In the cacophony of malice that was generated this weekend against the Covington Catholic High School students who were falsely accused of surrounding a Native American man and chanting “Build the wall”, those who jumped the gun and have a sense of rectitude have since apologized for participating in the unwarranted pile-on. Others chose to only walk-back their attacks, resorting to the continued character assassination of teenage boys based upon the apparel they wore.
The students in the approximately 4-minute video that went viral after being recorded at the March for Life were censured by Twitter blue-checks on both sides of the aisle — that is, until the longer, nearly two-hour video emerged, turning the tables on the prevailing narrative that the boys were harassing Nathan Phillips, the Native American man beating a drum who had pushed himself into the crowd of cheering boys until he was face-to-face with the young, MAGA-hat wearing student whose face has been immortalized.
While some apologies were issued following the surfacing of the full story — Meghan McCain, for example, apologized for having “reacted too quickly” — others have decided to continue blaming the students. The boys, according to these figures, should’ve known better: Specifically, if they didn’t want to attract attention to themselves, and if they wanted to avoid confrontation, they shouldn’t have worn their MAGA hats.
Alyssa Milano tweeted on Sunday that “The red MAGA hat is the new white hood. Without white boys being able to empathize with other people, humanity will continue to destroy itself. #FirstThoughtsWhenIWakeUp”. Putting aside the irony of her involvement in stoking the fake-news fire that contributed to the violent and professional threats to student Nick Sandmann’s family and to the school, necessitating school be shut down for a day, the argument that the MAGA hat symbolizes white supremacy is an absurd one on its face. By wearing the hat, the case goes, the Covington boys were representing a set of morally reprehensible ideas and were asking for trouble. Yet it was the Black Hebrew Israelites hurling slurs at the students, and calling the black students racial epithets, with very little condemnation from the internet choir that eagerly spread the false story that the boys were chanting “Build the wall.” The argument that a dinky red hat symbolizes white supremacy, and that Catholic-school students are a monolith that would be cognizant of this idea that it does and wear it, beggars belief. (A white-supremacist administration would surely not enjoy the support of nearly half the voting public, for starters. )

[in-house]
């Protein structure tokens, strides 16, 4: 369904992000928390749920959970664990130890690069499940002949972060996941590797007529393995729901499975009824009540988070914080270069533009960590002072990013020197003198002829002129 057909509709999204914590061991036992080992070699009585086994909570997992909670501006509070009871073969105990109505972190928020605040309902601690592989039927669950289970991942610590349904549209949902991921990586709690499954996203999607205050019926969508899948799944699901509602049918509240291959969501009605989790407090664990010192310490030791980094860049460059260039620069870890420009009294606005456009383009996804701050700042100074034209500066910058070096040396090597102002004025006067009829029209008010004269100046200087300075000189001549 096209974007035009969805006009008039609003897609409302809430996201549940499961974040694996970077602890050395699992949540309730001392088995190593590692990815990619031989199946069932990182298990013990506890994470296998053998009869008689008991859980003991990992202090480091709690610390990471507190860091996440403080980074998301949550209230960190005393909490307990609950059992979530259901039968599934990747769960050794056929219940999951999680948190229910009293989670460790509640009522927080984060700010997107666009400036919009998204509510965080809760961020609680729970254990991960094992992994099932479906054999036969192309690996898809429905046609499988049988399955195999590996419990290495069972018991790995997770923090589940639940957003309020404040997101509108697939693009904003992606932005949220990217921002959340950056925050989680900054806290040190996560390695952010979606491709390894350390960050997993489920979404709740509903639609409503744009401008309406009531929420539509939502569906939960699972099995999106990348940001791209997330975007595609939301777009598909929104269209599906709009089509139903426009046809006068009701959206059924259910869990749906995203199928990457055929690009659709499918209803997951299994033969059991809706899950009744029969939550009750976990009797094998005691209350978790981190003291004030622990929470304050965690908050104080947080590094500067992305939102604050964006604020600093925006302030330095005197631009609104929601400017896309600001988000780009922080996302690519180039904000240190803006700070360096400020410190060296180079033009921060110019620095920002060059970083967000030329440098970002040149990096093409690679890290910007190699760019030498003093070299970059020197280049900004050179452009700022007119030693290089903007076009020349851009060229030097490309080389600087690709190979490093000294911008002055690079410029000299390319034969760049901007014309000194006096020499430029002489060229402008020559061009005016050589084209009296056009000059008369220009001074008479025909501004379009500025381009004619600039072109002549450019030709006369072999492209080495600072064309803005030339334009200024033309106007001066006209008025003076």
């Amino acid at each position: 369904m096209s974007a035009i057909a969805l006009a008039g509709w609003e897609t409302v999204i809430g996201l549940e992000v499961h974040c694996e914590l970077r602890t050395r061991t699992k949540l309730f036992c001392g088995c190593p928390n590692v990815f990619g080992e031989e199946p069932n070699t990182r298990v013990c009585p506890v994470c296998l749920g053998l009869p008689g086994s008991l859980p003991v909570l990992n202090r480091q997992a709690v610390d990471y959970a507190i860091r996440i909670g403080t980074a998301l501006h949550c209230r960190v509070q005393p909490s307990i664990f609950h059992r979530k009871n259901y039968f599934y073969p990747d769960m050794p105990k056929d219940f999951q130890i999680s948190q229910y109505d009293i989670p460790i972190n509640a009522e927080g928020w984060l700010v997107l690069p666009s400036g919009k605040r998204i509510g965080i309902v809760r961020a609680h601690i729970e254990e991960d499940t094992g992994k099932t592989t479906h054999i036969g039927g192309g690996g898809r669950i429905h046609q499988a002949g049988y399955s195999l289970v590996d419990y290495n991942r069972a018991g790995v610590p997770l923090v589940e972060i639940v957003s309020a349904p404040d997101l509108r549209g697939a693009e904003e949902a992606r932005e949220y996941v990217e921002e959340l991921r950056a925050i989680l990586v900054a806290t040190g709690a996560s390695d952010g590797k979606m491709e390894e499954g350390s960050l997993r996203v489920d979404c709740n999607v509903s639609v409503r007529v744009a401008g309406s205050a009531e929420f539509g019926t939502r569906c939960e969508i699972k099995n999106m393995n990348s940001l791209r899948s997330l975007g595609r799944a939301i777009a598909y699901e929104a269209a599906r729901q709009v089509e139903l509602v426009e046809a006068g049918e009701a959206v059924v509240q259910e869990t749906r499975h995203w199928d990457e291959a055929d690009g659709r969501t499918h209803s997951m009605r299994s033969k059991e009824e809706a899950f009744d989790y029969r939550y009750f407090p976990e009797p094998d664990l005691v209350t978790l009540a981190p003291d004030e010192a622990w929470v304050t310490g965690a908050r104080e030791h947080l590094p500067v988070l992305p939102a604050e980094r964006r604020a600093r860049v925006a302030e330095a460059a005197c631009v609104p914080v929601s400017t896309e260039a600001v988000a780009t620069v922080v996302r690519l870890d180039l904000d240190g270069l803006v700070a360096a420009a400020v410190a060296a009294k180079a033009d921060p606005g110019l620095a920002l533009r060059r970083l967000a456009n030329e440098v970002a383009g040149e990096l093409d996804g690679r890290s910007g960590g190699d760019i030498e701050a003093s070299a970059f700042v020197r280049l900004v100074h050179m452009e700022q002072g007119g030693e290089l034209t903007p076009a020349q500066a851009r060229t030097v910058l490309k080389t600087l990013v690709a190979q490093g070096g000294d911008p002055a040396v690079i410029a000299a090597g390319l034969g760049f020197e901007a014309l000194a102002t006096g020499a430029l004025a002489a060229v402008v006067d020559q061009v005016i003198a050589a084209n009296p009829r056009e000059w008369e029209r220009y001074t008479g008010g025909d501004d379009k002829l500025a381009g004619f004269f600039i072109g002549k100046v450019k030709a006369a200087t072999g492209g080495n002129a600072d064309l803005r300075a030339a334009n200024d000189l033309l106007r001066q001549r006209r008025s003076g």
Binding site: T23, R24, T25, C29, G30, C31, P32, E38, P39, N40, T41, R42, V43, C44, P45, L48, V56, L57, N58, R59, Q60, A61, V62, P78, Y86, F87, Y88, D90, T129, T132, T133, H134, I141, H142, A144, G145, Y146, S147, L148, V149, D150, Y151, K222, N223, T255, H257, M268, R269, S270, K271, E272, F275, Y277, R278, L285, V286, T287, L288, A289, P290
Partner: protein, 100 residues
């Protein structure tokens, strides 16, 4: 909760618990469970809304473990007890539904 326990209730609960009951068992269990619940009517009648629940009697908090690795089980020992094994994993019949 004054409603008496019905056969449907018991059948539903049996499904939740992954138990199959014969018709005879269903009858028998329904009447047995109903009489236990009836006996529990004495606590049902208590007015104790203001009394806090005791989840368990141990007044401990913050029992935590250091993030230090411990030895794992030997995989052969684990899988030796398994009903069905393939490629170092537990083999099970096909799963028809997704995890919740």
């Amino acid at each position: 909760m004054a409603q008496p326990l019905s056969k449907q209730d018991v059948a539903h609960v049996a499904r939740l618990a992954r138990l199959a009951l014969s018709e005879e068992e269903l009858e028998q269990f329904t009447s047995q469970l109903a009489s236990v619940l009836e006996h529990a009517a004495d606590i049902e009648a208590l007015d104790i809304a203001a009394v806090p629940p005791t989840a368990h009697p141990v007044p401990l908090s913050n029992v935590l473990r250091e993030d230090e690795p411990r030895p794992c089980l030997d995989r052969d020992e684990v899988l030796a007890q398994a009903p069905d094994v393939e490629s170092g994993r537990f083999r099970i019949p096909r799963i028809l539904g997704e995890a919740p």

How about the charge that the hat had no place at a pro-life rally? Personally, I consider it incoherent. The March for Life has this administration’s support, and in 2017, Vice President Mike Pence became the first vice president to speak at the March for Life since 1974, when it began. Trump has promised to appoint pro-life justices, and has already confirmed two. He reinstated the Mexico City Policy, ensuring that American tax dollars are not funding abortion overseas. These policies are aligned with the interests of the pro-life cause. By a utilitarian standard, the March for Life has forged a successful (if transactional) relationship with the Trump administration.
If progressives’ new standard is that campaign apparel for a president can be offensive depending on the president’s actions while in office, they’re applying that standard inconsistently. Where was the current outrage during the last administration? Andrew Lawrence, senior researcher at Media Matters, tweeted that “If you’re still wearing a maga hat after Charlottesville, and baby cages, and Muslim ban, and trans military ban, and using “Pocahontas” as an insult…then yea, people are going to assume some things about you.”
I don’t agree with the travel ban, but where was the outrage directed at the Obama administration, whose administration was responsible for dropping 26,171 bombs on seven Muslim-majority countries in 2016 alone? Was there similar criticism aimed at President Obama when migrant children were being held in cages at the border in 2014? Did the same people haranguing those boys for wearing Trump hats direct their outrage toward people whose cars were emblazoned with Obama bumper stickers? If anything, they’re wistful for the last presidency. Can we not also assume that Obama-supporters are reflective of the actions of the former president, or do we grant them the benefit of the doubt because he wasn’t as ham-fisted?
Take note of anyone who blames the Covington boys’ clothes to justify their outrage. They shouldn’t be taken seriously.